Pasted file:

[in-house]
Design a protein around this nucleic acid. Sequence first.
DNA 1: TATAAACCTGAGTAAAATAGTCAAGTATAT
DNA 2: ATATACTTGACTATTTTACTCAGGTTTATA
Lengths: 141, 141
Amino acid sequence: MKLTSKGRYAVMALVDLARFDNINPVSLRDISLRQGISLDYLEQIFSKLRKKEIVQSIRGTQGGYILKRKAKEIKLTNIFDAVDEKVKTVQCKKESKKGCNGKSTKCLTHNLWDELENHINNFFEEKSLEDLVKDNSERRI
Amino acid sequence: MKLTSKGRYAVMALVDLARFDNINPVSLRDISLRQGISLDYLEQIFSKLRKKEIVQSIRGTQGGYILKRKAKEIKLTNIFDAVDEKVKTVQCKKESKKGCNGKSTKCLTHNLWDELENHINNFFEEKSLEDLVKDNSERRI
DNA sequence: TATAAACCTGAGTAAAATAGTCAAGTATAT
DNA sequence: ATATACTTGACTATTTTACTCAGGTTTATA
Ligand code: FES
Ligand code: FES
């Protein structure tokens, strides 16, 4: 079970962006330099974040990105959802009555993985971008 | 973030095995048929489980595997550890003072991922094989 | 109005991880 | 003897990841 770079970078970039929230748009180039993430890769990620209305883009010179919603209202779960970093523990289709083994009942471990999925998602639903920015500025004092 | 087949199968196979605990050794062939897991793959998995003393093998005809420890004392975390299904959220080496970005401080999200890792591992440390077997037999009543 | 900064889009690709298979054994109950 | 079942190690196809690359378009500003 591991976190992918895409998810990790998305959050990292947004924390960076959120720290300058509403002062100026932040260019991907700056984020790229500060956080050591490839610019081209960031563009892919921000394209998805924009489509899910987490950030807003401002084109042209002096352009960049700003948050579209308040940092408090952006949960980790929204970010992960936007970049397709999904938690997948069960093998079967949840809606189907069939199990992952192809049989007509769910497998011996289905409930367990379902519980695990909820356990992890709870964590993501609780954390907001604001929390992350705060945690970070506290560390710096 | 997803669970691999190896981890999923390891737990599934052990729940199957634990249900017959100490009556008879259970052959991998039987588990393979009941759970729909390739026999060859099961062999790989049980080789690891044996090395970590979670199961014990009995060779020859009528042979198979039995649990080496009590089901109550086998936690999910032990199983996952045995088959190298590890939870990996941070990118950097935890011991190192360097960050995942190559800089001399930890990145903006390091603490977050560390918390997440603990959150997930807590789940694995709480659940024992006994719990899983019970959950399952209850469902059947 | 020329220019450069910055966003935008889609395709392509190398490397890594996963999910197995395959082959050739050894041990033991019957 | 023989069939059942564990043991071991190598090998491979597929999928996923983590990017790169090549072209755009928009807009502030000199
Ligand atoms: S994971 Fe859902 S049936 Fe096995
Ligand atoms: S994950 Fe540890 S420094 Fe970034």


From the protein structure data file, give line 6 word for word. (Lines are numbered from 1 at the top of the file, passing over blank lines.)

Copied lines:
Amino acid sequence: MKLTSKGRYAVMALVDLARFDNINPVSLRDISLRQGISLDYLEQIFSKLRKKEIVQSIRGTQGGYILKRKAKEIKLTNIFDAVDEKVKTVQCKKESKKGCNGKSTKCLTHNLWDELENHINNFFEEKSLEDLVKDNSERRI